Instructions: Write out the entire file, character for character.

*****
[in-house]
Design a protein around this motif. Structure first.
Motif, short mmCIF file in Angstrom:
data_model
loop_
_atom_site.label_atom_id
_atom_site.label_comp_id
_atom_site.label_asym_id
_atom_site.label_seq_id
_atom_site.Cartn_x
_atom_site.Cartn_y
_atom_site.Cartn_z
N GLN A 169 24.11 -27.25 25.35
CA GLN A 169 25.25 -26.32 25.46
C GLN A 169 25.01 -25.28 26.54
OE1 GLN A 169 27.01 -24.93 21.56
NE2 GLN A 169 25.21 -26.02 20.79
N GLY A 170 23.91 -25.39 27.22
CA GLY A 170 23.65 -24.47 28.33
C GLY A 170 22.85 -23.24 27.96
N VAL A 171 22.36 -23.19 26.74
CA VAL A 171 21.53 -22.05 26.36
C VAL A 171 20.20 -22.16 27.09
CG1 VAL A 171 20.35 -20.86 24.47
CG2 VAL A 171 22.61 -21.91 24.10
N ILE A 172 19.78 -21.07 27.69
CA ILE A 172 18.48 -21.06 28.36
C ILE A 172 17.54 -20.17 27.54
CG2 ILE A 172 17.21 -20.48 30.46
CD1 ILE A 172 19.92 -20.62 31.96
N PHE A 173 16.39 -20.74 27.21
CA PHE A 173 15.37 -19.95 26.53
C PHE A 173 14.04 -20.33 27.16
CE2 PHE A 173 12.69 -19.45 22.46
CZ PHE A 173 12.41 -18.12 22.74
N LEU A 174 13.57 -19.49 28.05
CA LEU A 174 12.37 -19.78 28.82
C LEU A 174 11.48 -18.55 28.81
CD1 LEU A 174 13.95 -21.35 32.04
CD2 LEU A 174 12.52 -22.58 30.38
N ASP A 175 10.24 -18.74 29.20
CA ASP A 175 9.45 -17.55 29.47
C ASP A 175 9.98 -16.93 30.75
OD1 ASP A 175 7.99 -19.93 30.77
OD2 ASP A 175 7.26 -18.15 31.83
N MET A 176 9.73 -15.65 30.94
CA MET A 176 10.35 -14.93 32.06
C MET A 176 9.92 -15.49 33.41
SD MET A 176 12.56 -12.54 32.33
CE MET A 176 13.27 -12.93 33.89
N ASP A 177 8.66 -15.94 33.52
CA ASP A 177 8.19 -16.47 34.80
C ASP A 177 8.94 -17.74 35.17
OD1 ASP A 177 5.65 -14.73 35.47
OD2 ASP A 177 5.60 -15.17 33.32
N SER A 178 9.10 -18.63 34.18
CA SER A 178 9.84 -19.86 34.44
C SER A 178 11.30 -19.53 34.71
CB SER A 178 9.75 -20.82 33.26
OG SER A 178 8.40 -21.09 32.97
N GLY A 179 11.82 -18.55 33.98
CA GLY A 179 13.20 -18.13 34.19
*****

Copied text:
[in-house]
Design a protein around this motif. Structure first.
Motif, short mmCIF file in Angstrom:
data_model
loop_
_atom_site.label_atom_id
_atom_site.label_comp_id
_atom_site.label_asym_id
_atom_site.label_seq_id
_atom_site.Cartn_x
_atom_site.Cartn_y
_atom_site.Cartn_z
N GLN A 169 24.11 -27.25 25.35
CA GLN A 169 25.25 -26.32 25.46
C GLN A 169 25.01 -25.28 26.54
OE1 GLN A 169 27.01 -24.93 21.56
NE2 GLN A 169 25.21 -26.02 20.79
N GLY A 170 23.91 -25.39 27.22
CA GLY A 170 23.65 -24.47 28.33
C GLY A 170 22.85 -23.24 27.96
N VAL A 171 22.36 -23.19 26.74
CA VAL A 171 21.53 -22.05 26.36
C VAL A 171 20.20 -22.16 27.09
CG1 VAL A 171 20.35 -20.86 24.47
CG2 VAL A 171 22.61 -21.91 24.10
N ILE A 172 19.78 -21.07 27.69
CA ILE A 172 18.48 -21.06 28.36
C ILE A 172 17.54 -20.17 27.54
CG2 ILE A 172 17.21 -20.48 30.46
CD1 ILE A 172 19.92 -20.62 31.96
N PHE A 173 16.39 -20.74 27.21
CA PHE A 173 15.37 -19.95 26.53
C PHE A 173 14.04 -20.33 27.16
CE2 PHE A 173 12.69 -19.45 22.46
CZ PHE A 173 12.41 -18.12 22.74
N LEU A 174 13.57 -19.49 28.05
CA LEU A 174 12.37 -19.78 28.82
C LEU A 174 11.48 -18.55 28.81
CD1 LEU A 174 13.95 -21.35 32.04
CD2 LEU A 174 12.52 -22.58 30.38
N ASP A 175 10.24 -18.74 29.20
CA ASP A 175 9.45 -17.55 29.47
C ASP A 175 9.98 -16.93 30.75
OD1 ASP A 175 7.99 -19.93 30.77
OD2 ASP A 175 7.26 -18.15 31.83
N MET A 176 9.73 -15.65 30.94
CA MET A 176 10.35 -14.93 32.06
C MET A 176 9.92 -15.49 33.41
SD MET A 176 12.56 -12.54 32.33
CE MET A 176 13.27 -12.93 33.89
N ASP A 177 8.66 -15.94 33.52
CA ASP A 177 8.19 -16.47 34.80
C ASP A 177 8.94 -17.74 35.17
OD1 ASP A 177 5.65 -14.73 35.47
OD2 ASP A 177 5.60 -15.17 33.32
N SER A 178 9.10 -18.63 34.18
CA SER A 178 9.84 -19.86 34.44
C SER A 178 11.30 -19.53 34.71
CB SER A 178 9.75 -20.82 33.26
OG SER A 178 8.40 -21.09 32.97
N GLY A 179 11.82 -18.55 33.98
CA GLY A 179 13.20 -18.13 34.19